Chapter Members Attend Water Summit

by Donna Lewis
photos by Joyce Conner

On August 18th, from 9:00 am to 4:00 pm in Caldwell, Texas, the Post Oak Savannah Groundwater Conservation District (POSGCD) held an all-day event for those living in Milam and Burleson Counties.

Summit attendees

We were invited to have an informational booth at the Civic Center about the El Camino Real Chapter of the Texas Master Naturalists, and a booth for the El Camino Real de los Tejas National Historic Trail.

Quite a crowd!

This event covered many topics including water rights, legislation updates, well monitoring, septic practices, and many other topics. 

Joyce Conner and I set up our booths the day before. Joyce also set up the Trail Association booth next to ours. Both tables looked very professional and had handouts about both organizations. Our tablecloth really looks nice.

Donna Lewis and Scott Berger at the El Camino Real Texas Master Naturalist Chapter booth

Joyce, Scott Berger, and I arrived around 7:00 am. That was a good thing because people started to arrive then. Both our booths had many interested people asking questions and taking brochures with them.  Sandra Dworaczyk arrived soon after. We missed getting her picture with us. Several of our members, including Janice Johnson, attended the talk. Probably more came, but I was too busy to catch them.

Joyce Conner at the El Camino Real de los Tejas booth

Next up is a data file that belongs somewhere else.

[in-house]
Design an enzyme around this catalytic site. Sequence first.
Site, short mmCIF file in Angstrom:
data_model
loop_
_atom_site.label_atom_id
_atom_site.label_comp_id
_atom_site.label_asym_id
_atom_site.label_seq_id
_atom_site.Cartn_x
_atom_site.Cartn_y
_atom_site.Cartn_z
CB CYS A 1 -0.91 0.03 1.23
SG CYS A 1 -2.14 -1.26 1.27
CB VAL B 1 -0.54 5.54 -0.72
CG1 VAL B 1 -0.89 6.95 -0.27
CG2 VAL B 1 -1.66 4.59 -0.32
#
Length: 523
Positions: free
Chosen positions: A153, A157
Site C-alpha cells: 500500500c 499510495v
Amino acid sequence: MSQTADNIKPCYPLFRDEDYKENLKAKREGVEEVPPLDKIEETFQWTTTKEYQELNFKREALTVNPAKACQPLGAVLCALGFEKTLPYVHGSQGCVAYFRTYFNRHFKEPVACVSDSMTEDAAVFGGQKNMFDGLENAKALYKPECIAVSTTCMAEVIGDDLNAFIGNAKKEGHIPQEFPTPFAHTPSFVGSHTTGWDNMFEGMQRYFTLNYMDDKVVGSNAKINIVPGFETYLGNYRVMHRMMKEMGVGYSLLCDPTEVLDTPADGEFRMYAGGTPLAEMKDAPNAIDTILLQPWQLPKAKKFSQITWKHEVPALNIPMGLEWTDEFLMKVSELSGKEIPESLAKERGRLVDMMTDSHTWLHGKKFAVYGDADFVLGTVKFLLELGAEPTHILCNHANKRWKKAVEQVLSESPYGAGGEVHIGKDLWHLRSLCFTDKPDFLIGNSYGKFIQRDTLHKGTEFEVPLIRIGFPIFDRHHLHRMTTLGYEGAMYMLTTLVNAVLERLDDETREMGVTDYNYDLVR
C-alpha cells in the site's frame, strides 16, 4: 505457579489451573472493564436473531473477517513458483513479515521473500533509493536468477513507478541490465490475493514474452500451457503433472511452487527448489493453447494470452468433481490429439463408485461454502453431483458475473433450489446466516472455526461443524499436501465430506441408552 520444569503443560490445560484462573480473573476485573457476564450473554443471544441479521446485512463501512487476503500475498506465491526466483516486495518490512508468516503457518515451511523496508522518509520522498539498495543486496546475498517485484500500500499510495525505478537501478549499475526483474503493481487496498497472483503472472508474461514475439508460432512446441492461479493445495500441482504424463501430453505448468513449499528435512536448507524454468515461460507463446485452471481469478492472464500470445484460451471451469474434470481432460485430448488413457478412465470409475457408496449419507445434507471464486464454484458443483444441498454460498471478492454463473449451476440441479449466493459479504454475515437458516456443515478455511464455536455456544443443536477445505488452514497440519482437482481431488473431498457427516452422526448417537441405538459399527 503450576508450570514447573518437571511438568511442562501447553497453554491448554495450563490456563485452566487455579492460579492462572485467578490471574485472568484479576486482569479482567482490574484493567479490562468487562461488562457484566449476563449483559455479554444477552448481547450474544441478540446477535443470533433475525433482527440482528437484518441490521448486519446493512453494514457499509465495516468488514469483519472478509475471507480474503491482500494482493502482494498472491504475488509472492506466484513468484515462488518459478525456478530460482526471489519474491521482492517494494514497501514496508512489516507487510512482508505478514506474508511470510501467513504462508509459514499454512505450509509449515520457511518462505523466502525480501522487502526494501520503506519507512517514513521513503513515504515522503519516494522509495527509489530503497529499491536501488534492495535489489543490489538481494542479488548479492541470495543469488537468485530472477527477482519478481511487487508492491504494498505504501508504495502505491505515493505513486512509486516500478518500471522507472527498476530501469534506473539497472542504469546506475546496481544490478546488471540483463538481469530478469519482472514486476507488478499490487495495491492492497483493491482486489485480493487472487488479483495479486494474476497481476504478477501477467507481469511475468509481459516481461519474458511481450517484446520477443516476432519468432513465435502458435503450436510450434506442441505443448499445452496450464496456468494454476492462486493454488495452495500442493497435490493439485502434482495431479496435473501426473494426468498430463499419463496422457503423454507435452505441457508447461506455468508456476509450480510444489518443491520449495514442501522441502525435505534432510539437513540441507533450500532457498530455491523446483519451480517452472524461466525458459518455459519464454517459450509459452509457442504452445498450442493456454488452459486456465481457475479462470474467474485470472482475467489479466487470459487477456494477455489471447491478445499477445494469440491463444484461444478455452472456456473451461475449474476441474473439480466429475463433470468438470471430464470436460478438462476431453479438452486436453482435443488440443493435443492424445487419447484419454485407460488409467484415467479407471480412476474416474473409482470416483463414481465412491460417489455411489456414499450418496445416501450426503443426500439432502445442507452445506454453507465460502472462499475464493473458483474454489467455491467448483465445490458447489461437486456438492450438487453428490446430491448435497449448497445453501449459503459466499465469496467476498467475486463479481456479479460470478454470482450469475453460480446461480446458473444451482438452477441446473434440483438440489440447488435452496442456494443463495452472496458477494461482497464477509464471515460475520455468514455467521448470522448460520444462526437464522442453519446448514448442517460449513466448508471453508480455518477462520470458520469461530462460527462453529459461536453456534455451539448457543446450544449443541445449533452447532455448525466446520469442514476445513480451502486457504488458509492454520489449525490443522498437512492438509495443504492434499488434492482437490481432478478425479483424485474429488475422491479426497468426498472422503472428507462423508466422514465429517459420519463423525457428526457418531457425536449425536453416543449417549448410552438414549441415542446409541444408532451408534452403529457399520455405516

Joyce had brochures that showed where the El Camino Real Trail was in our area, which was very interesting to many who lived in our county. No doubt some did not know much about the history of the trail.

The booth team

I think I talked to at least 50 people about our group.  Scott and Sandra were also talking to many people and Joyce jumped in when we needed her. It took the four of us to handle the crowd. Many wished they had a chapter in Burleson County. I informed them that they could attend our talks, but most did not want to come that far at night. Many were interested in daytime events.  I told them to check out our website for those events.  

Checking out our booth

The President of the Lost Pines Master Naturalist Chapter was attending the event and talked to me about our events also.

This was a very successful event for our chapter. I hope we will get some new members because of it.

A good day for Nature.

Rain Revives the Park

by Carolyn Henderson

The amounts of rain received over the last few days varies, but a stroll around Wilson Ledbetter Park on Sunday shows just how much a little rain can do.  

It’s green!

The 0.40 inches I received at my house was enough to elicit excitement because I had none for so long. The 2.5 inches friends a few miles down the road received also inflicted envy. Based on the location of Wilson Ledbetter Park and rain reports, I would estimate 0.50 inches there so far this week has really “greened” up the place. 

I was there a month ago and all grass was brown, almost no flowers bloomed, and trees were turning brown, too. Today, grass is green, several types of flowers are blooming and most of the trees look perkier

The bright yellow Rio Grande Copper Lily was popping up in many areas. Also blooming in the yellow category were Bitterweed, Spreading Fanpetals, and Texas Snakeweed. To be honest, Bitterweed never went into hibernation. Drought and 108 degrees didn’t faze it.